Really pull that seat into your body and lock your arm. To begin with try and make it a part of you. Holding it against your body gives you a lot more stability and the seat won’t flail around from side to side as much. As you get used to riding like this your body will figure out for itself how to vary the pressure from each leg so that you can ride forwards without the wheel madly wobbling. At this point try moving the seat out from your body a bit. (Just a little bit). Gradually move it away as you improve. Eventually you should be able to ride holding the seat with one arm fully extended. You can then work on holding the seat with one finger and finally drop the seat completely to do a seat drag.
Peter Bier

In the case of riding with the seat out front, you want to be able to stand as tall as possible to make it easy to push the seat in and out. Having the balls of your feet on the pedals will give you more height than your heel or the center of your feet.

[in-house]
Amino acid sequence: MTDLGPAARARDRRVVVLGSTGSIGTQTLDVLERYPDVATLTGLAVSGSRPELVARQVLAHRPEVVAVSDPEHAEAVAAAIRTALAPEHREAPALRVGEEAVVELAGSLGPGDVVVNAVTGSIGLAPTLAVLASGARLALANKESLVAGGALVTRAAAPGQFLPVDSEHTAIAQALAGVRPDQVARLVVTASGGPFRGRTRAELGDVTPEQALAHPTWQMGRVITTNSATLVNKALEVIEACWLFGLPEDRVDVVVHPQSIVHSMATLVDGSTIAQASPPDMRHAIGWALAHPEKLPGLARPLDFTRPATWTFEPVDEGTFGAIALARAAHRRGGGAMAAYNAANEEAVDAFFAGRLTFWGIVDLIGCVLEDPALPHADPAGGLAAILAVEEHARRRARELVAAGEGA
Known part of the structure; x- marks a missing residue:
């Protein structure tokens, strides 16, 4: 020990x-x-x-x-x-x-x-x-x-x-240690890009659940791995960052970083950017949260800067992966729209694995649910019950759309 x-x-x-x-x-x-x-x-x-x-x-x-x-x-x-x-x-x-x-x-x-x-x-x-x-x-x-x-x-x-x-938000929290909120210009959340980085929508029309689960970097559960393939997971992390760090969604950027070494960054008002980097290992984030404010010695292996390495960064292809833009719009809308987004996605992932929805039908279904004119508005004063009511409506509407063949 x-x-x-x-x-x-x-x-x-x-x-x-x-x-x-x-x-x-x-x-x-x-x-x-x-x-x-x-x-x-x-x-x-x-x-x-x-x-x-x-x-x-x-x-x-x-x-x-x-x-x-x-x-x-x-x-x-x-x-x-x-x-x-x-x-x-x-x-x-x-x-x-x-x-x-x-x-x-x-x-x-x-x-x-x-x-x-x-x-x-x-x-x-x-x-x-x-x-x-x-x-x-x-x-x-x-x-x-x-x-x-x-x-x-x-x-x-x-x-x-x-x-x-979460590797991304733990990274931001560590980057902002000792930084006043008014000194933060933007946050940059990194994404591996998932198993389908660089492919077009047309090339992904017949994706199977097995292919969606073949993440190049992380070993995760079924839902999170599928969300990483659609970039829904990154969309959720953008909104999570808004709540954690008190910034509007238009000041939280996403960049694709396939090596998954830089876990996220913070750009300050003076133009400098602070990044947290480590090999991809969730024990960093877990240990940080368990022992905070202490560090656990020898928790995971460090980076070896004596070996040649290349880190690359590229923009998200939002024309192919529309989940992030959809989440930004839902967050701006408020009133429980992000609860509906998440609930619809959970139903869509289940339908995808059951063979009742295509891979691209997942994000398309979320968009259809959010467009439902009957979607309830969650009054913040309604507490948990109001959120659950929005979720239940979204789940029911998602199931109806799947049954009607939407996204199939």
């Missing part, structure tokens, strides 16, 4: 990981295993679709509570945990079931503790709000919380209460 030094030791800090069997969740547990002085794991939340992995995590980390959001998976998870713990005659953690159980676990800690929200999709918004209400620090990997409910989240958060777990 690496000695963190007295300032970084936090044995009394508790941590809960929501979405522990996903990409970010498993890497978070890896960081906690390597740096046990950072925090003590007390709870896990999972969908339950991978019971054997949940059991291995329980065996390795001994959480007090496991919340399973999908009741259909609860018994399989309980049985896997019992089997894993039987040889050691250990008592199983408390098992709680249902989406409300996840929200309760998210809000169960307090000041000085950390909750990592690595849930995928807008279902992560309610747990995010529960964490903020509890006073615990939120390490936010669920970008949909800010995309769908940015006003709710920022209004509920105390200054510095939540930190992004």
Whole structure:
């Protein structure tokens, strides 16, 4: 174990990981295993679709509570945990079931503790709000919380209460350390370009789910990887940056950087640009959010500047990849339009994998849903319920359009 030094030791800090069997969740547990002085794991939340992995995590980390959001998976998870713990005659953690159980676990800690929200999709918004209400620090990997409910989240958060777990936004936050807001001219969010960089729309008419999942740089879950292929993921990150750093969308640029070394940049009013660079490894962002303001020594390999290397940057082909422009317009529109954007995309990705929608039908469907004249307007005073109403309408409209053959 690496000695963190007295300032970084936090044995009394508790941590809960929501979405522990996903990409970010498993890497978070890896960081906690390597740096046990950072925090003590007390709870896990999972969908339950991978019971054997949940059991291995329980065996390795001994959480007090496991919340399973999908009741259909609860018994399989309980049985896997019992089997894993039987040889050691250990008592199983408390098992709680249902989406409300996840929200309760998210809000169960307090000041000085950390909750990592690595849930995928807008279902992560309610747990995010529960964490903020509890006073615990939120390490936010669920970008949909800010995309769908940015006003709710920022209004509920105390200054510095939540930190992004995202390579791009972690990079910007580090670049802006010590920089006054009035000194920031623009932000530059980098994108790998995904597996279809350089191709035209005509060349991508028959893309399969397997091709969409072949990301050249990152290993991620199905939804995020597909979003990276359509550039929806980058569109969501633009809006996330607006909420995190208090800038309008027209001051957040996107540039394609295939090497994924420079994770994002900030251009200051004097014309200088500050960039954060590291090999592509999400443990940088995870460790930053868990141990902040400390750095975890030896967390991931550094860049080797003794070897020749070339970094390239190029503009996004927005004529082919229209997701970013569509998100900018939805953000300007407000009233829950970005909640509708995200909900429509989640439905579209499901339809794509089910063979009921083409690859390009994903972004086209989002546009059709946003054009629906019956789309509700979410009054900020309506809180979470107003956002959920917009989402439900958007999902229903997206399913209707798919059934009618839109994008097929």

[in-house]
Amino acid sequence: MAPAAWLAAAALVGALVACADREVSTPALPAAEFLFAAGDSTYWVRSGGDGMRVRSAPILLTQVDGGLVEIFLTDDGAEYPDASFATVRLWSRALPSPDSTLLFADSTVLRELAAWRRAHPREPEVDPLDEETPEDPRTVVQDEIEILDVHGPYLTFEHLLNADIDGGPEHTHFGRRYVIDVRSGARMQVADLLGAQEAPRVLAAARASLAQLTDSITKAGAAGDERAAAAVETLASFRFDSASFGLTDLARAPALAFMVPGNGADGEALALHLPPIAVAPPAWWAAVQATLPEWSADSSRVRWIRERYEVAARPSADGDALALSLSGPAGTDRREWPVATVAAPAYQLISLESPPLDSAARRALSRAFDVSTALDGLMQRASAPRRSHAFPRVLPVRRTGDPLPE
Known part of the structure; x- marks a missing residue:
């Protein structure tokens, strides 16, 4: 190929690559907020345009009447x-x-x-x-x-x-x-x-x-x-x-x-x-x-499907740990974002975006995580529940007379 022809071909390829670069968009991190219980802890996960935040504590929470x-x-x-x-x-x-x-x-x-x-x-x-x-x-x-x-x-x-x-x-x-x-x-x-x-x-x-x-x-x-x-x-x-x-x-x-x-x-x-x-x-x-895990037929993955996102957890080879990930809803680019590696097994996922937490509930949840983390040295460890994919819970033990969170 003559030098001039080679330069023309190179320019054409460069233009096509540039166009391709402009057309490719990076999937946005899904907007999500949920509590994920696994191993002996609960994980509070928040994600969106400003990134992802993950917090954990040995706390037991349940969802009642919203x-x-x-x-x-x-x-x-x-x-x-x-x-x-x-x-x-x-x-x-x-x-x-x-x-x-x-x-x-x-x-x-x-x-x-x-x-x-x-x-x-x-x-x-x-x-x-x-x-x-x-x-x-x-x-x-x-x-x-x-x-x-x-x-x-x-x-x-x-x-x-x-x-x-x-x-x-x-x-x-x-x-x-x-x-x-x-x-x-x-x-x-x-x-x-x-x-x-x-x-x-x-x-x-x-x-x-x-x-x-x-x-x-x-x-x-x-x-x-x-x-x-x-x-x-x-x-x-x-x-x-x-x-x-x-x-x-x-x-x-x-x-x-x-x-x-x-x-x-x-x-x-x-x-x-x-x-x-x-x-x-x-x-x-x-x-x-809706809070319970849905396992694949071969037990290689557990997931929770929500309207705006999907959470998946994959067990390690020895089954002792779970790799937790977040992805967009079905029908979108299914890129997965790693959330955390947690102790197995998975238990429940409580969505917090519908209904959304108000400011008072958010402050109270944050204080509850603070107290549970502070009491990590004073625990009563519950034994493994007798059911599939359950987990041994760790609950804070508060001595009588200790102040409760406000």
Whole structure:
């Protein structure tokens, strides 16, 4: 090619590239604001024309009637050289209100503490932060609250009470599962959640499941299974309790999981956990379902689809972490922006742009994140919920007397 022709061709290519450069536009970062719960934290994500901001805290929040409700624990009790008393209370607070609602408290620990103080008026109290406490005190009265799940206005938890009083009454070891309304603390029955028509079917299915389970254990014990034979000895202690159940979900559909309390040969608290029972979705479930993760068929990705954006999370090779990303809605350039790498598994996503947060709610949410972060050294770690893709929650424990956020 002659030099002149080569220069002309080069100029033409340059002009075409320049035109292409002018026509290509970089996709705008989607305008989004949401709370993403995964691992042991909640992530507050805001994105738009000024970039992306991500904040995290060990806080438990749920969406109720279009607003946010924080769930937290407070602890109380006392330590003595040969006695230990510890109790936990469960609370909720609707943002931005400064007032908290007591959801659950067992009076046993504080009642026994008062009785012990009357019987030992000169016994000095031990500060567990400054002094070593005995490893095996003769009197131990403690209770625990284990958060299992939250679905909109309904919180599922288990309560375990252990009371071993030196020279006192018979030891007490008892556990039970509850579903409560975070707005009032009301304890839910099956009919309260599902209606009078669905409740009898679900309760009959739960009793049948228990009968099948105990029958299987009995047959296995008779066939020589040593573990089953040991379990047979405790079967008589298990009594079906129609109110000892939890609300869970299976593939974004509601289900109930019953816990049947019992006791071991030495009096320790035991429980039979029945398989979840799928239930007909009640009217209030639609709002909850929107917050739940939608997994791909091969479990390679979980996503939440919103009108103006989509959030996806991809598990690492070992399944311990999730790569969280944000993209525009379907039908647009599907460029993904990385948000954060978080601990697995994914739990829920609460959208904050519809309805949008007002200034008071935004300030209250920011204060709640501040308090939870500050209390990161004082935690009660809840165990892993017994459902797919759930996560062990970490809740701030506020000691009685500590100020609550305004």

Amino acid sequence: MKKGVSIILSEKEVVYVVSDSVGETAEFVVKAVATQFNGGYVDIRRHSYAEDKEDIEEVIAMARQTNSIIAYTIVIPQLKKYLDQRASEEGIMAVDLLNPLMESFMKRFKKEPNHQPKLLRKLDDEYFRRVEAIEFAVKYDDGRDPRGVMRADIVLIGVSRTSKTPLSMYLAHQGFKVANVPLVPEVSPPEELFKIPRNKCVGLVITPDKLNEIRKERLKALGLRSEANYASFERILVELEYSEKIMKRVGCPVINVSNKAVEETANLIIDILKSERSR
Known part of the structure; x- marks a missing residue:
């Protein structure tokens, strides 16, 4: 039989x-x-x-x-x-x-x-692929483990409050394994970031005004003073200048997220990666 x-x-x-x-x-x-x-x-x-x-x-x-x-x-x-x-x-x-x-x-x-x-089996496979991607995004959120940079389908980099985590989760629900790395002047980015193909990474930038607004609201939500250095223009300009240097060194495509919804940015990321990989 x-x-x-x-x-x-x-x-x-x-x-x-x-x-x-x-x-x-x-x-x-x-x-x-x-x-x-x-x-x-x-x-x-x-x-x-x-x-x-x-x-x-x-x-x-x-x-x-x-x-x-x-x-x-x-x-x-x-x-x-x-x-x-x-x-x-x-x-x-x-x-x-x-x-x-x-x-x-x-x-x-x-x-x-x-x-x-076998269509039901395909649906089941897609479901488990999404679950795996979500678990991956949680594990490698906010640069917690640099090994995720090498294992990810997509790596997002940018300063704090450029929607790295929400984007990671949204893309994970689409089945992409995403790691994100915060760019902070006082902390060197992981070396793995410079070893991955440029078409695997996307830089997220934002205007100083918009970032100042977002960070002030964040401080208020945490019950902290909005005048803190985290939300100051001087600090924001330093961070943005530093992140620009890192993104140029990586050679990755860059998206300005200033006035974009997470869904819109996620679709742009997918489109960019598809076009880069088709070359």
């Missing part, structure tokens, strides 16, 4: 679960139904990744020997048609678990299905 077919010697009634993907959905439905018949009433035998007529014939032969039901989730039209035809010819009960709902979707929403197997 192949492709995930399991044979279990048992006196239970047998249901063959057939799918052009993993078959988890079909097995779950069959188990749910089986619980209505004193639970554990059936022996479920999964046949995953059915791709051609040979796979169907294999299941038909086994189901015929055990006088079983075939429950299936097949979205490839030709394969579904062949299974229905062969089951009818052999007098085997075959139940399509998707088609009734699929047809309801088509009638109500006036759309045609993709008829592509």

As a general issue, you have more control of the pedals if the balls of your feet are on the pedals. You can then do the fine adjustments with your ankles, which are easier to control, rather than using your legs, which is what happens when you put your heel on the pedal. There are obviously some issues of degree here, but the farther the pedal is away from the balls of your feet, the more flat footed you will ride and control will be stiffer and more awkward.

Whereever you prefer.
I keep it in the middle, such that pulling the seat is done close to the seatpost. The more you pull the more contact you keep with the unicycle.
Further it’s good that you think about things, because the more you use your brain, the more effcient your practises are.
That is… till a certain point… it doesn’t matter wether you use your dominant hand or not. I don’t, but I’m sure others do.

Depents if you do standard skills, skill levels or something else.